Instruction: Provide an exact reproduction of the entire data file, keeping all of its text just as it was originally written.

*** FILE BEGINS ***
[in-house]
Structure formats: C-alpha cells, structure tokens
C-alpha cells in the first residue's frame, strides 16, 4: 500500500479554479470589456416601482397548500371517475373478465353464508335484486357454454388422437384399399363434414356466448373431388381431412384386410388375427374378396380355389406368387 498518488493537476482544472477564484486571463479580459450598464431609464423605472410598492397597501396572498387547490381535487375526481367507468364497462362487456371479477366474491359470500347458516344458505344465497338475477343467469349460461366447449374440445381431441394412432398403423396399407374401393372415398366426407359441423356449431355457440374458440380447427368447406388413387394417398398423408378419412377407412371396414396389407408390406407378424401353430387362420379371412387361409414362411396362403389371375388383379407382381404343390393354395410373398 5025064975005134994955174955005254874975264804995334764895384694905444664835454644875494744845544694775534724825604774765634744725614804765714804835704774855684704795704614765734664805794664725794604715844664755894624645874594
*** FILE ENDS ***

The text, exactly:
[in-house]
Structure formats: C-alpha cells, structure tokens
C-alpha cells in the first residue's frame, strides 16, 4: 500500500479554479470589456416601482397548500371517475373478465353464508335484486357454454388422437384399399363434414356466448373431388381431412384386410388375427374378396380355389406368387 498518488493537476482544472477564484486571463479580459450598464431609464423605472410598492397597501396572498387547490381535487375526481367507468364497462362487456371479477366474491359470500347458516344458505344465497338475477343467469349460461366447449374440445381431441394412432398403423396399407374401393372415398366426407359441423356449431355457440374458440380447427368447406388413387394417398398423408378419412377407412371396414396389407408390406407378424401353430387362420379371412387361409414362411396362403389371375388383379407382381404343390393354395410373398 5025064975005134994955174955005254874975264804995334764895384694905444664835454644875494744845544694775534724825604774765634744725614804765714804835704774855684704795704614765734664805794664725794604715844664755894624645874594